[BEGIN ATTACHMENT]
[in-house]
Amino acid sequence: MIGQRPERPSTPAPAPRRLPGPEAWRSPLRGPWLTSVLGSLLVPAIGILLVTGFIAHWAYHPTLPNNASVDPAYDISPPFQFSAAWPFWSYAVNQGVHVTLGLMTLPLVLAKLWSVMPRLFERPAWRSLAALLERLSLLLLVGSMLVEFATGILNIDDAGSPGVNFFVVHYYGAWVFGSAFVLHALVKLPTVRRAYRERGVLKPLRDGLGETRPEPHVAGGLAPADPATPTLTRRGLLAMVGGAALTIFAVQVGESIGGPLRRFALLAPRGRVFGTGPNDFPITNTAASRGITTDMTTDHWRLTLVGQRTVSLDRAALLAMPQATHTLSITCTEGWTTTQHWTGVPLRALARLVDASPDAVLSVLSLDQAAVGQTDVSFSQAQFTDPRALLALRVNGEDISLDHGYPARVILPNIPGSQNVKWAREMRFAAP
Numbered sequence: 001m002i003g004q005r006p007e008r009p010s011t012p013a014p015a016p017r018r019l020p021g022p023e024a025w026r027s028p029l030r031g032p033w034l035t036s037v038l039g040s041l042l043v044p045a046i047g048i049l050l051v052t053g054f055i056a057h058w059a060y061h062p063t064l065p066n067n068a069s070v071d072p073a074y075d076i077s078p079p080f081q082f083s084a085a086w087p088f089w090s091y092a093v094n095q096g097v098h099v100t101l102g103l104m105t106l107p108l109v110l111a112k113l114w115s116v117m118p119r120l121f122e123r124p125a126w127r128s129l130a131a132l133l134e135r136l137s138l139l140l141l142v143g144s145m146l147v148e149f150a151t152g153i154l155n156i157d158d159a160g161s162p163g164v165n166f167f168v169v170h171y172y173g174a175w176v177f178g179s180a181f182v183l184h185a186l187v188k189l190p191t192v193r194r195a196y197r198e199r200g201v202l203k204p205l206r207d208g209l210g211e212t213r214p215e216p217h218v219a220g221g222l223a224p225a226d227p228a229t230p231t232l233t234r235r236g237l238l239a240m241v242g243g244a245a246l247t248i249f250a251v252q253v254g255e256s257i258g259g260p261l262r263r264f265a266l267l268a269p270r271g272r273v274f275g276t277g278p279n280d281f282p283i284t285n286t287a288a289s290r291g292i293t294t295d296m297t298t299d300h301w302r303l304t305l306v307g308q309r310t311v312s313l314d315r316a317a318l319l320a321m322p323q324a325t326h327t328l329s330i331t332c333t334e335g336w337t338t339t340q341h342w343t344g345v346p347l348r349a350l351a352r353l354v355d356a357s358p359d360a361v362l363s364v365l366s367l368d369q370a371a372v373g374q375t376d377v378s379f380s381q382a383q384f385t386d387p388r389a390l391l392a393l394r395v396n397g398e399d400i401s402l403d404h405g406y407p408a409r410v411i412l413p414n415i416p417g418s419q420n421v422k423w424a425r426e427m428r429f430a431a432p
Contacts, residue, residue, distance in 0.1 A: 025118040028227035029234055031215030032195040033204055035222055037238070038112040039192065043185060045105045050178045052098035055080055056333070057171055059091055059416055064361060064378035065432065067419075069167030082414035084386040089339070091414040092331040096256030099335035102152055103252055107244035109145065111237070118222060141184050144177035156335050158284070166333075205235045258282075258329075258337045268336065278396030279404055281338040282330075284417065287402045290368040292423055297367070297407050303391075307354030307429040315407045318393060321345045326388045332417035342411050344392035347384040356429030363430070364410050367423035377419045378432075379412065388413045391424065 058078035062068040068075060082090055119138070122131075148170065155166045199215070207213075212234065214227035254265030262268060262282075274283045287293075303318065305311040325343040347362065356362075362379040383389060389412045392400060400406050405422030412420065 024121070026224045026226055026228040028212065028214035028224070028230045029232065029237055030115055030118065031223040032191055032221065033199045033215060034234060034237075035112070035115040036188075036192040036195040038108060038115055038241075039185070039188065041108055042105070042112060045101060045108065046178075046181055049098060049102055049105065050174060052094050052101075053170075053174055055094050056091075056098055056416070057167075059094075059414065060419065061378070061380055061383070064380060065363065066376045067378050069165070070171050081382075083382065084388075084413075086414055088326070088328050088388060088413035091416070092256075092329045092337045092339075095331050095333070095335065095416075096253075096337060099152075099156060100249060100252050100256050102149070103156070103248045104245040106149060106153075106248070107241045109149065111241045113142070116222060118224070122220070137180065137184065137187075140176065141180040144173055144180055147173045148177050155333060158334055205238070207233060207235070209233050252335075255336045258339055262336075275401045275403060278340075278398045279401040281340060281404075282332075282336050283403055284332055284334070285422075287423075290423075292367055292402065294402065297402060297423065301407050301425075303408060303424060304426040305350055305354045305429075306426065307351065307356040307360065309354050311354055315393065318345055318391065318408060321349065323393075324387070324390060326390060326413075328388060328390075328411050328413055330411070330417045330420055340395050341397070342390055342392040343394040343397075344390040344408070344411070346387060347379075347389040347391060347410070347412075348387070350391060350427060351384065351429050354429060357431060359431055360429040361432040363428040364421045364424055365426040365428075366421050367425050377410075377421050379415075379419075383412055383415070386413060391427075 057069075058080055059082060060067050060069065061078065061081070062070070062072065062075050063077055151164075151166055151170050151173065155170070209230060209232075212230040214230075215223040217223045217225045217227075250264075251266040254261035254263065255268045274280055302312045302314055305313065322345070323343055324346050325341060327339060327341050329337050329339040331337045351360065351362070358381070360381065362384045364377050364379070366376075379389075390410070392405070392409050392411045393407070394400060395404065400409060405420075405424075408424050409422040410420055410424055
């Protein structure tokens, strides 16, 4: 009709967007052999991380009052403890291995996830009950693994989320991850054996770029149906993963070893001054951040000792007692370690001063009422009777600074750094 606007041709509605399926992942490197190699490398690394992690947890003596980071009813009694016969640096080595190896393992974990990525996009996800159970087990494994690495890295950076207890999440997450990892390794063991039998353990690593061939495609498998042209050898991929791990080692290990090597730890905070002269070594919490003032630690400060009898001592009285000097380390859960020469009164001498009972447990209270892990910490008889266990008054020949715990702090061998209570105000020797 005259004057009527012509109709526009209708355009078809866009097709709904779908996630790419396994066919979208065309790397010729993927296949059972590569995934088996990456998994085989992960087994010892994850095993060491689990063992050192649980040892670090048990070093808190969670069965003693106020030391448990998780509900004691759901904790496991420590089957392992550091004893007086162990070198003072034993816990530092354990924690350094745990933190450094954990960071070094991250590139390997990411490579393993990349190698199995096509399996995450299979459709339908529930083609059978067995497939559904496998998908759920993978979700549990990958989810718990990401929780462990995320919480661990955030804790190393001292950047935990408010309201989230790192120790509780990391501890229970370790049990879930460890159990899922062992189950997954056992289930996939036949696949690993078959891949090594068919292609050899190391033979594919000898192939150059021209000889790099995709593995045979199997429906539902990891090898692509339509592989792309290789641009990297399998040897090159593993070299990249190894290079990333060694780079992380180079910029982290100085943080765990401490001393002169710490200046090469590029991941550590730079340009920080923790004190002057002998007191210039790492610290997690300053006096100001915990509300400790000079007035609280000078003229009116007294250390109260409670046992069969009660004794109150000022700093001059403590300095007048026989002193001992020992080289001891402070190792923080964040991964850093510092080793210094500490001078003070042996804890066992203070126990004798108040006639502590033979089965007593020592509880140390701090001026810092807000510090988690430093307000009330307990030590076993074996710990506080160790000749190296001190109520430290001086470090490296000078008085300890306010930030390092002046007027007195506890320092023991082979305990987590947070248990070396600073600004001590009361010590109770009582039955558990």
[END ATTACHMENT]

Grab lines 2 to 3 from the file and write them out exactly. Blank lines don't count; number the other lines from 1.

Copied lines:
Amino acid sequence: MIGQRPERPSTPAPAPRRLPGPEAWRSPLRGPWLTSVLGSLLVPAIGILLVTGFIAHWAYHPTLPNNASVDPAYDISPPFQFSAAWPFWSYAVNQGVHVTLGLMTLPLVLAKLWSVMPRLFERPAWRSLAALLERLSLLLLVGSMLVEFATGILNIDDAGSPGVNFFVVHYYGAWVFGSAFVLHALVKLPTVRRAYRERGVLKPLRDGLGETRPEPHVAGGLAPADPATPTLTRRGLLAMVGGAALTIFAVQVGESIGGPLRRFALLAPRGRVFGTGPNDFPITNTAASRGITTDMTTDHWRLTLVGQRTVSLDRAALLAMPQATHTLSITCTEGWTTTQHWTGVPLRALARLVDASPDAVLSVLSLDQAAVGQTDVSFSQAQFTDPRALLALRVNGEDISLDHGYPARVILPNIPGSQNVKWAREMRFAAP
Numbered sequence: 001m002i003g004q005r006p007e008r009p010s011t012p013a014p015a016p017r018r019l020p021g022p023e024a025w026r027s028p029l030r031g032p033w034l035t036s037v038l039g040s041l042l043v044p045a046i047g048i049l050l051v052t053g054f055i056a057h058w059a060y061h062p063t064l065p066n067n068a069s070v071d072p073a074y075d076i077s078p079p080f081q082f083s084a085a086w087p088f089w090s091y092a093v094n095q096g097v098h099v100t101l102g103l104m105t106l107p108l109v110l111a112k113l114w115s116v117m118p119r120l121f122e123r124p125a126w127r128s129l130a131a132l133l134e135r136l137s138l139l140l141l142v143g144s145m146l147v148e149f150a151t152g153i154l155n156i157d158d159a160g161s162p163g164v165n166f167f168v169v170h171y172y173g174a175w176v177f178g179s180a181f182v183l184h185a186l187v188k189l190p191t192v193r194r195a196y197r198e199r200g201v202l203k204p205l206r207d208g209l210g211e212t213r214p215e216p217h218v219a220g221g222l223a224p225a226d227p228a229t230p231t232l233t234r235r236g237l238l239a240m241v242g243g244a245a246l247t248i249f250a251v252q253v254g255e256s257i258g259g260p261l262r263r264f265a266l267l268a269p270r271g272r273v274f275g276t277g278p279n280d281f282p283i284t285n286t287a288a289s290r291g292i293t294t295d296m297t298t299d300h301w302r303l304t305l306v307g308q309r310t311v312s313l314d315r316a317a318l319l320a321m322p323q324a325t326h327t328l329s330i331t332c333t334e335g336w337t338t339t340q341h342w343t344g345v346p347l348r349a350l351a352r353l354v355d356a357s358p359d360a361v362l363s364v365l366s367l368d369q370a371a372v373g374q375t376d377v378s379f380s381q382a383q384f385t386d387p388r389a390l391l392a393l394r395v396n397g398e399d400i401s402l403d404h405g406y407p408a409r410v411i412l413p414n415i416p417g418s419q420n421v422k423w424a425r426e427m428r429f430a431a432p